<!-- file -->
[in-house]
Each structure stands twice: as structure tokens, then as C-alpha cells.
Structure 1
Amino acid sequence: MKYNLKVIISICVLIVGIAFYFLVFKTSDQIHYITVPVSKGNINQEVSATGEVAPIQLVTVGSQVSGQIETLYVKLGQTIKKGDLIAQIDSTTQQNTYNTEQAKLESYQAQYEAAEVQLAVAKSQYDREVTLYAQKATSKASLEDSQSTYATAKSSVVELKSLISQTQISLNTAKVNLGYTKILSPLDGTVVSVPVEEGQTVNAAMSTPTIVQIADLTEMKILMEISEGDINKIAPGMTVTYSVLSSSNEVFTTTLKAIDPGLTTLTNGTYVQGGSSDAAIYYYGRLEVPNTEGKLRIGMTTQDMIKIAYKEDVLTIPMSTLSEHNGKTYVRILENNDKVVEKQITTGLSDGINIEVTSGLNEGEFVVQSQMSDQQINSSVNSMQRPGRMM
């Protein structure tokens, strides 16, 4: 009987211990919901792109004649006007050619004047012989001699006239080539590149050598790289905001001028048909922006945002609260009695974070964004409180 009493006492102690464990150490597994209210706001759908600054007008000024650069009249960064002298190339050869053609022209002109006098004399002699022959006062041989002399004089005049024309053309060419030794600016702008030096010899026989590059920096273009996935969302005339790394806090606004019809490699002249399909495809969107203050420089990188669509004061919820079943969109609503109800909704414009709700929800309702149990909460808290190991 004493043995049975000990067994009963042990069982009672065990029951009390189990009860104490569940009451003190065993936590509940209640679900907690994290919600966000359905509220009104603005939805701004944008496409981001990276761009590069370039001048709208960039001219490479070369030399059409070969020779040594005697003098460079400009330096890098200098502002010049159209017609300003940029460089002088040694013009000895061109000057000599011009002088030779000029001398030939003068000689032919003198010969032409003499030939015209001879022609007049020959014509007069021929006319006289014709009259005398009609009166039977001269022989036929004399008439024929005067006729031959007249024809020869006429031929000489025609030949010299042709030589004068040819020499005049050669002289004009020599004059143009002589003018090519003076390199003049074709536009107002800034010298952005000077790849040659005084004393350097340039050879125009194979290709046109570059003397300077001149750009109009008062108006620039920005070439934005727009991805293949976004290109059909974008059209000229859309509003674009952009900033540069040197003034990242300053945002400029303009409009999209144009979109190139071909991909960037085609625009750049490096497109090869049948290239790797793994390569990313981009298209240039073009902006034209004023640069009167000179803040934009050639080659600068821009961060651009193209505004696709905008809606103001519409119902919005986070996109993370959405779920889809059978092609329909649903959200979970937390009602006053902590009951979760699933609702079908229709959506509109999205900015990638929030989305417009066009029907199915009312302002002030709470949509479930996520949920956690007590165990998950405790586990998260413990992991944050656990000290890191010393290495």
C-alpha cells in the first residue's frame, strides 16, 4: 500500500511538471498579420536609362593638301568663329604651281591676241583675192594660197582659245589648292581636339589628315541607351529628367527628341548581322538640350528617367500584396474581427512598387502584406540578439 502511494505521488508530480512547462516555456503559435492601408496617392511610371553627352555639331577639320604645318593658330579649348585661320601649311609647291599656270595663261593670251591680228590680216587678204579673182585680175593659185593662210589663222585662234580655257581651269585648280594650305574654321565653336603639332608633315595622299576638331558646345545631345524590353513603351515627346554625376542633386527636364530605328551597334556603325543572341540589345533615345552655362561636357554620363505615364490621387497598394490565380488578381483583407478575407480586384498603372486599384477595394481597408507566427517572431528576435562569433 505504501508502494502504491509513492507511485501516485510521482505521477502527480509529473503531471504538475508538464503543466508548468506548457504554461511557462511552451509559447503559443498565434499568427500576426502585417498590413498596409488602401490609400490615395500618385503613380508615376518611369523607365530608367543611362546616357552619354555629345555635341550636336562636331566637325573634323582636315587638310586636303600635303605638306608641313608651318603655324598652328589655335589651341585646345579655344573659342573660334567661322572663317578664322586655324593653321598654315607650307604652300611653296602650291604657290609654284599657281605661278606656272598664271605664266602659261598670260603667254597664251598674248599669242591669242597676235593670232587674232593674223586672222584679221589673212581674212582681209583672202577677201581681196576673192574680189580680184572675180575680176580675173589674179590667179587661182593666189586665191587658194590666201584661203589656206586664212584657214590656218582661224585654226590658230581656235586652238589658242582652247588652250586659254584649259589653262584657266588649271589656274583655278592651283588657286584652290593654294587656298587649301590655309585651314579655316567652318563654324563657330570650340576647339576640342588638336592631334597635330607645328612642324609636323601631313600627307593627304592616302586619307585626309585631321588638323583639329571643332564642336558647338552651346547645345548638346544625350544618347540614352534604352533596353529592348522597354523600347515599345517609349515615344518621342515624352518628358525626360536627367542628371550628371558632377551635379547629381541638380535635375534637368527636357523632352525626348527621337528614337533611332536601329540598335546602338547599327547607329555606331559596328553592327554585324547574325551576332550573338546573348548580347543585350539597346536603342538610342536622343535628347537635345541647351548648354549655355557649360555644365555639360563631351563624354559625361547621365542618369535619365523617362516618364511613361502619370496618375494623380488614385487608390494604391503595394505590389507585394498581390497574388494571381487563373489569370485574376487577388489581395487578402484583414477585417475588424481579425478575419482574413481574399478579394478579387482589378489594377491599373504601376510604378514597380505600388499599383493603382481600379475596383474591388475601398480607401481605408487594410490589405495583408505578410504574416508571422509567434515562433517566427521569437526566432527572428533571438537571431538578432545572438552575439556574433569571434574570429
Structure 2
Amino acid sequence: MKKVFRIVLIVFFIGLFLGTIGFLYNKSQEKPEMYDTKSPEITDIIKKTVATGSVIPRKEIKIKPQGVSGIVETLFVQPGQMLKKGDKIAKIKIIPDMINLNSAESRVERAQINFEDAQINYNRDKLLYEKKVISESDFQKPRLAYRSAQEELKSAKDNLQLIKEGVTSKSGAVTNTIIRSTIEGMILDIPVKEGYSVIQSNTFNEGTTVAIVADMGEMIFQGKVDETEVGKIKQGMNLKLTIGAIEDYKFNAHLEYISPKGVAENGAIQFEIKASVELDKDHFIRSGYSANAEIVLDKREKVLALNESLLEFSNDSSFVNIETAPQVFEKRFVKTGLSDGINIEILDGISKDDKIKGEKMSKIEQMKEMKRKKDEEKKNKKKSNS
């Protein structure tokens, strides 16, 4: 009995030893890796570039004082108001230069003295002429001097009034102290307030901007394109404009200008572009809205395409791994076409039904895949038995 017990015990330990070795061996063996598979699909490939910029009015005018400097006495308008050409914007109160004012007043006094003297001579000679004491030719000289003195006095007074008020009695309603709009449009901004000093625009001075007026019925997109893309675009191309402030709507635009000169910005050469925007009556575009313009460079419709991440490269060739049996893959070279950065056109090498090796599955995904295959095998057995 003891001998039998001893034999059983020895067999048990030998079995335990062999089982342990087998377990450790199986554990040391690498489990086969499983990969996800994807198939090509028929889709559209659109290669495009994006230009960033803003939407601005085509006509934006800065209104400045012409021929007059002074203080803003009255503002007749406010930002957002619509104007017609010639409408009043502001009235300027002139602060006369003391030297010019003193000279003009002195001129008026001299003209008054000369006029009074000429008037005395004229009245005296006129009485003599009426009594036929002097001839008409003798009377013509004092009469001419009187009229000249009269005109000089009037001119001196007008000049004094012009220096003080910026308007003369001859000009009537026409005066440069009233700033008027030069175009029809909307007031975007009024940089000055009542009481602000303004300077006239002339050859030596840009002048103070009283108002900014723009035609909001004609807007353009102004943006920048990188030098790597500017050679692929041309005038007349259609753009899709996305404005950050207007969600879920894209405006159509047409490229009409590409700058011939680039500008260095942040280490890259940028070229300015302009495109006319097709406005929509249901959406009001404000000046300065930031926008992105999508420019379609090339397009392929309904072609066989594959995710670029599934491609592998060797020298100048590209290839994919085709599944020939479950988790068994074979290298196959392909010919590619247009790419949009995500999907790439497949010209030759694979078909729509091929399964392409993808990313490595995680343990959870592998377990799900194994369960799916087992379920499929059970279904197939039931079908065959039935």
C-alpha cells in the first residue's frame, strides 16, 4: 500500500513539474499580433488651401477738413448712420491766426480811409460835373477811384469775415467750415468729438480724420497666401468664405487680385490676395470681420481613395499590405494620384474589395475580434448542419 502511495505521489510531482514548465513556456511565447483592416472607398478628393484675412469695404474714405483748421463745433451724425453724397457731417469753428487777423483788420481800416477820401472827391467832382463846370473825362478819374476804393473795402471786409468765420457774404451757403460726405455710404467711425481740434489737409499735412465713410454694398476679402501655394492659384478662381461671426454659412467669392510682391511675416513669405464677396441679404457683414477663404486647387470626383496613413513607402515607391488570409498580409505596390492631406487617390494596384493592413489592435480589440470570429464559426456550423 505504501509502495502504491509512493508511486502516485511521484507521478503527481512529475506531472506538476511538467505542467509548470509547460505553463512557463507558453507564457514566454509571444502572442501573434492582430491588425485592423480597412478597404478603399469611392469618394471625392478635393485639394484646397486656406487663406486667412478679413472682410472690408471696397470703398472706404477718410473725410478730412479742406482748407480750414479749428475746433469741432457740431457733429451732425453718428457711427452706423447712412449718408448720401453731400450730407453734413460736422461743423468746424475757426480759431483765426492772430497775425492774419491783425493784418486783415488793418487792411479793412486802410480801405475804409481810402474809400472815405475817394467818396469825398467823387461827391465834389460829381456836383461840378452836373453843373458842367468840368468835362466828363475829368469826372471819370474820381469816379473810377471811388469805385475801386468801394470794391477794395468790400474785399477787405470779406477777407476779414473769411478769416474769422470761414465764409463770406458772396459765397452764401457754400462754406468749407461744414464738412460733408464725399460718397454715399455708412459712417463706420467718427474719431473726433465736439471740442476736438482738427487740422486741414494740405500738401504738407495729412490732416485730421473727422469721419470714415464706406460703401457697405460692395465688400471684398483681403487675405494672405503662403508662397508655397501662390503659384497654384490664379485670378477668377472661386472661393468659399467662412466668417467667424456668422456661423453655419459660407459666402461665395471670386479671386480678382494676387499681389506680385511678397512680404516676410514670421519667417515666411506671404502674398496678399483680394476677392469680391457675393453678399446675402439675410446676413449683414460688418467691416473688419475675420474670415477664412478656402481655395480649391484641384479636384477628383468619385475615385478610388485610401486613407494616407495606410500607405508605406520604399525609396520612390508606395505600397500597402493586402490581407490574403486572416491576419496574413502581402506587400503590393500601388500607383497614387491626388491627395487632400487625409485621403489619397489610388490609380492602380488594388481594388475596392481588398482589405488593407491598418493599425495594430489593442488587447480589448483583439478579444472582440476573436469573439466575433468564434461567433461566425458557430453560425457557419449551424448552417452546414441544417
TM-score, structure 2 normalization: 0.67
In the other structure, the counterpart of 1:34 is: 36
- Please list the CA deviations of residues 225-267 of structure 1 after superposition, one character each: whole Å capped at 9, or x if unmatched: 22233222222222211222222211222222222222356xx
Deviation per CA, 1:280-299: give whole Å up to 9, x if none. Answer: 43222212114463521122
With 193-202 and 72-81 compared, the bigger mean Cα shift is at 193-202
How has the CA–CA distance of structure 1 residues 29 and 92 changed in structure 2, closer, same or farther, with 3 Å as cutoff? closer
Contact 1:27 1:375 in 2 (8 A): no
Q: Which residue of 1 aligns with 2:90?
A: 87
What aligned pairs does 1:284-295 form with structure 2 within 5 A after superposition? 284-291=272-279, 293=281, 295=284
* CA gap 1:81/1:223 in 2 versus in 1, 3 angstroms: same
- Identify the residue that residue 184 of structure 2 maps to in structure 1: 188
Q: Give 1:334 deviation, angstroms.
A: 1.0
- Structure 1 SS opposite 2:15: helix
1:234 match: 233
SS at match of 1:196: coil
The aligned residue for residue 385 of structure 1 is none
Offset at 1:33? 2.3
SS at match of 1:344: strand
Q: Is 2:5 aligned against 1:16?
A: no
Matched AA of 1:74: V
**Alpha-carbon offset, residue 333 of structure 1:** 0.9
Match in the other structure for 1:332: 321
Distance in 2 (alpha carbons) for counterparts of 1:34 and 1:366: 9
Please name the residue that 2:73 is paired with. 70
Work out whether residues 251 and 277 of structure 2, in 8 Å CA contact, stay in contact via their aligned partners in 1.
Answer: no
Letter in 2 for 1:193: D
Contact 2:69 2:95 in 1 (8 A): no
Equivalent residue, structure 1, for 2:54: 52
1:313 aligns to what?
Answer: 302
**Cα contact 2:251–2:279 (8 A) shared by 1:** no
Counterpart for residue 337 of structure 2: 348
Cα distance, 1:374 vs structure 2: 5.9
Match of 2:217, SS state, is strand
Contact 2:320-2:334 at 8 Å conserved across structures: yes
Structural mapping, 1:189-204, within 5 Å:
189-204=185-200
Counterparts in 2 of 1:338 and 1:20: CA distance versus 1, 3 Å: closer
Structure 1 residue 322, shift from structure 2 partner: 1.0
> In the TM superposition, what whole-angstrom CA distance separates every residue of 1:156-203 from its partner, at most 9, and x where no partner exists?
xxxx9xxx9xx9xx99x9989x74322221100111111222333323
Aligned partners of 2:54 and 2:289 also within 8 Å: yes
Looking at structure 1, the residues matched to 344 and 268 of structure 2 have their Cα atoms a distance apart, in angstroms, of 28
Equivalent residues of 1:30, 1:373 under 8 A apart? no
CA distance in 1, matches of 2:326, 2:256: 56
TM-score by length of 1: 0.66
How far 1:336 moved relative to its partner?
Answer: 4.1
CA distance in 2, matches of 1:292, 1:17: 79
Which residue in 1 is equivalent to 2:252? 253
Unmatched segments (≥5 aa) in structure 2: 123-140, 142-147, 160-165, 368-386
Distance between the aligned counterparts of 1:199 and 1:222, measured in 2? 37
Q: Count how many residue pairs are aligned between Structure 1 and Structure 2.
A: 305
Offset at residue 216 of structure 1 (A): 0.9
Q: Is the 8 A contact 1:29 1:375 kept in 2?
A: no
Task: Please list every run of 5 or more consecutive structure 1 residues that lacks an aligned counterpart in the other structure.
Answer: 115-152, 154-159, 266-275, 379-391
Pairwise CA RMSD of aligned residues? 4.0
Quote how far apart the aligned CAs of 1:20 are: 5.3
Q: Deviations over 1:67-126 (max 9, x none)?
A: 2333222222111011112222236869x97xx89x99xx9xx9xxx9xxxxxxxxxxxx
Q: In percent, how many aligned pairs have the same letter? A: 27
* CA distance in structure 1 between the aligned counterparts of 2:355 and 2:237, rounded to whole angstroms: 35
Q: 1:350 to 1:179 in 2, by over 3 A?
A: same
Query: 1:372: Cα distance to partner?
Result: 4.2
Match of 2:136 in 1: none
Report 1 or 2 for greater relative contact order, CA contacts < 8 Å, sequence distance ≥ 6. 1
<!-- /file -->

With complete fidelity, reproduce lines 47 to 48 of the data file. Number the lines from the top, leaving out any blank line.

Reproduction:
Cα distance, 1:374 vs structure 2: 5.9
Match of 2:217, SS state, is strand